Today in Discrete Math, we are looking at problems dealing
with propositional equivalences. We will cover logical equivalences and
propositional satisfiability.

The most fool-proof, though time-consuming, way to verify
logical equivalences is by construction of truth tables. This method is
sufficient for small compound propositions, but quickly grows out of hand for
longer propositions. Also, it requires little thought (which is a large part of
its appeal), but

*reasoning*through equivalences will make you more familiar with the laws than truth tables will. Your professor may even disallow the use of truth tables as “proof” of your assertions.
In problem 1 only, we will use a truth table. The process
requires little instruction, as it is so simple.

Begin the table with a column for each proposition and
enough rows for every combination of truth values for those propositions. In
general, 2^n rows are needed to write a truth table for a compound proposition
with n base propositions (plus 1 heading row). In this example, there are 3
base propositions, so we will start with 3 columns and 2^3 + 1 = 9 rows. Fill
in the heading row and the 8 rows below with every possible combination of
truth values for the three propositions (below).

Begin with the left side of the equivalence (part a). Add a
column to the table for every operator, including every negation, conjunction,
and disjunction. Here, we have two operators (two disjunctions), so we need to
add two columns to our table (below). Determine the truth values along each
column. Recall that a disjunction is only truth if both propositions are false
(red arrows). It is easier to first fill in all the false values (red circles),
then add in the truths afterward. Blue arrows and circles refer to the last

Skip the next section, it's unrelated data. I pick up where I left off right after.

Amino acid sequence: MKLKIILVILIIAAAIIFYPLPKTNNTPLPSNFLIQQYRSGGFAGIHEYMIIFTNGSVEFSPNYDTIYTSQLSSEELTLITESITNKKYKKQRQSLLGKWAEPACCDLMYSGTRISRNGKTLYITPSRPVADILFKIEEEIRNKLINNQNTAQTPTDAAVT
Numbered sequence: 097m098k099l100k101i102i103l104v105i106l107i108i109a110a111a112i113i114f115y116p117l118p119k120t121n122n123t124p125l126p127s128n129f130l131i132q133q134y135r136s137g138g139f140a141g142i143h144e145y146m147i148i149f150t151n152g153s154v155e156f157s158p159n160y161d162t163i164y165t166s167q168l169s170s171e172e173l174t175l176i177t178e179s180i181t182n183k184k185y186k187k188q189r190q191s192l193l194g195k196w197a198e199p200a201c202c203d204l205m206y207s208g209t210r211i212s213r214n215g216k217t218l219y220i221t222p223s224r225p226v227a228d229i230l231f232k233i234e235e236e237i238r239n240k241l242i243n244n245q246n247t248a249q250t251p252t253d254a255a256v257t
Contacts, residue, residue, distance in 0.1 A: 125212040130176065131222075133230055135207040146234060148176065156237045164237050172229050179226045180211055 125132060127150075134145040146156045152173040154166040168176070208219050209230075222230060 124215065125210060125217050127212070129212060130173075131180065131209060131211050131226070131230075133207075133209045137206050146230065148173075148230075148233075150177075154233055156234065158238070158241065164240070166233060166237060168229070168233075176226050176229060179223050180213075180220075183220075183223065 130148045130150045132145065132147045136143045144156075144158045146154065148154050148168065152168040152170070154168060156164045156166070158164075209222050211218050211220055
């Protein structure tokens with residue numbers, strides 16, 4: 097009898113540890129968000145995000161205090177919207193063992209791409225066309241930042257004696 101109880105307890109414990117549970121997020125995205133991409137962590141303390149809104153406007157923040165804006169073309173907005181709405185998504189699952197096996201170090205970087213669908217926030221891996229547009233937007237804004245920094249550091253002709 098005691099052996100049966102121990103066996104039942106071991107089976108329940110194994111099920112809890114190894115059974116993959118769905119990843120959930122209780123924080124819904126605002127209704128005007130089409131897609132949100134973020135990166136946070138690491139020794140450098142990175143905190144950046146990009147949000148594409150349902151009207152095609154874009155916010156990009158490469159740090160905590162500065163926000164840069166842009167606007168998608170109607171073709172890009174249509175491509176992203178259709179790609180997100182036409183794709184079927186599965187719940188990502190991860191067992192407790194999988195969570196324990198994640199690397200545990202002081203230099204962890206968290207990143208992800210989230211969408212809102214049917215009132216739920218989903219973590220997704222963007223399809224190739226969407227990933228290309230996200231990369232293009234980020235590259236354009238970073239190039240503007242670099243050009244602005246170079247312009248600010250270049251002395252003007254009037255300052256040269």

column, where the only false value appears at the bottom.

Next, create a second truth table using the right side of
the equivalence (below).

The final step is to compare the far right columns of each
truth table. If the truth values are exactly the same,

then the two compound
propositions are equivalent. These are, as shown below.

Part (b) of this problem is worked the same way. Try it on
your own. :)

Another use of truth tables is for determining whether a
compound proposition is a tautology. A

**tautology**is a compound proposition that is always true. Therefore, the truth table of a tautology will have only T entries in the far right column.
Reasoning through logical equivalences will better help you
learn the laws and basic equivalences. Let’s try an example.

Problem 2 is actually asking that you verify that the
contrapositive of a conditional statement is equivalent to the original
statement. To show that two compound propositions are

**logically equivalent**(without the use of truth tables), we need to show that both sides are true for exactly the same combinations of truth values of the propositional values. Alternately, we can show that both sides are false for the same combinations.
I will call the conditional statement side A (or the left)
and the contrapositive side B (or the right). First, we must determine which
route we will take, either when side A is true or when it is false. You should
recall that a conditional statement is true in every case

**except**the one in which (T -> F), that is, when*p*is T but*q*is F.
We have two choices: (1) go through each of the three cases
in which A is T and determine if B is also T OR (2) consider the only case in
which A is F and see if B is F as well. Obviously, the second option is less